2Welcome Dexter Flynn English Solicitor Voisin Dexter, admitted as a Solicitor in England and Wales in 1995, has been with Voisin’s Litigation department for over 15 years. A respected and experienced commercial litigator Dexter has been involved in many high profile cases over the years representing clients from numerous jurisdictions.Dexter is the co-author of the Jersey Employment Law chapter of the Practical Law Company’s ‘Labour & Employee Benefits Handbook’. In addition, Dexter is leading the Voisin team in its partnership with a specialist HR offshore company to offer the first qualification in Jersey to focus purely on Employment Law.He has been described by the Legal 500 as “very good on paper and exceptionally good with clients” and is noted as a ‘Leader’ by Chambers and Partners.
3Welcome Stephanie Sanderson Legal Assistant Voisin Stephanie joined Voisin in September 2013 as a trainee Solicitor, having secured a training contract with the firm. She graduated in 2010 after completing a Law degree at Durham University and went on to complete the LPC at the University of Law, Bristol in which she obtained a distinction.Stephanie worked at Voisin on student placements over several years before joining full time and was part of the firm’s student bursary scheme. She works as a Legal Assistant in the Litigation department, specialising in Employment claims as well as assisting on civil and criminal litigation cases. Stephanie will qualify as an English solicitor in September 2015.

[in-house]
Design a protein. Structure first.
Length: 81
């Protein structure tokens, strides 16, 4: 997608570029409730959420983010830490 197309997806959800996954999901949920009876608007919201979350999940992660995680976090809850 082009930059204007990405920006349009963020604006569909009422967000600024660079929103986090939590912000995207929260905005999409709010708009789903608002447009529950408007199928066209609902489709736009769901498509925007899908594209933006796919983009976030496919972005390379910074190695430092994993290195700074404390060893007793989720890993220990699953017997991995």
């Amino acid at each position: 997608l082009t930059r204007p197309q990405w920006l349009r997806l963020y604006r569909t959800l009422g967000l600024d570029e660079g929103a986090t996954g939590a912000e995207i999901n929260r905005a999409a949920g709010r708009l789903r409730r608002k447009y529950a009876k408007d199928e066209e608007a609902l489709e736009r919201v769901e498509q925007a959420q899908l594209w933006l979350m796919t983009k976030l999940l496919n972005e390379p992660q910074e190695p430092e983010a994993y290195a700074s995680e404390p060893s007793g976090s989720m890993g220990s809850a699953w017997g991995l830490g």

4IntroductionDraft Discrimination (Jersey) Law 2013 (“the Law”) passed by the States on 14 May 2013.Will come into force on 1 September 2014.Will initially protect against race discrimination in the context of employment, the provision of goods, facilities and services, education, access to use of public premises, disposal or management of premises, clubs and requests for information.Fills a gap in current legislation against discrimination in Jersey.Slide 1 - DF
5Discrimination – not limited to employment Selection for employment (Article 9)Employees (Article 10)Contract Workers (Article 11)Partnerships (Article 12)Professional or trade organisations (Article 13)Professional Bodies (Article 14)Vocational Training (Article 15)Employment agencies (Article 16)Slide 2 – DF/MF
9Direct Discrimination A person discriminates against another person (the “subject”) if, because of a protected characteristic, the person treats the subject less favourably than the person treats or would treat others.In relation to the protected characteristic of race, less favourable treatment includes segregating the subject from others.Slide 6 – DF/MF
10ExamplesMrs Winfrey was not invited for interview because she is black.Mr Donkey has been refused employment because he is from Guernsey and the interviewer, Mr Crapaud does not like people from Guernsey.Mr Majewski, a polish national was directly discriminated against when his manager told him not to speak in his “own language” at work.Slide 7 – SS/MF
11Defences to Claims of Direct Discrimination There is no specific Defence, however there is an Occupational Requirement Exception.The exception applies where being of a particular race is a requirement for the work.Is not an act of discrimination to apply a requirement that someone be of a particular race if it can be shown that:It is an occupational requirement;The application of the requirement is a proportionate means of achieving a legitimate aim;The person to whom the relevant person applies the requirement, does not meet it (or the relevant person has reasonable grounds for not being satisfied that the person meets it).Slide 8 - DF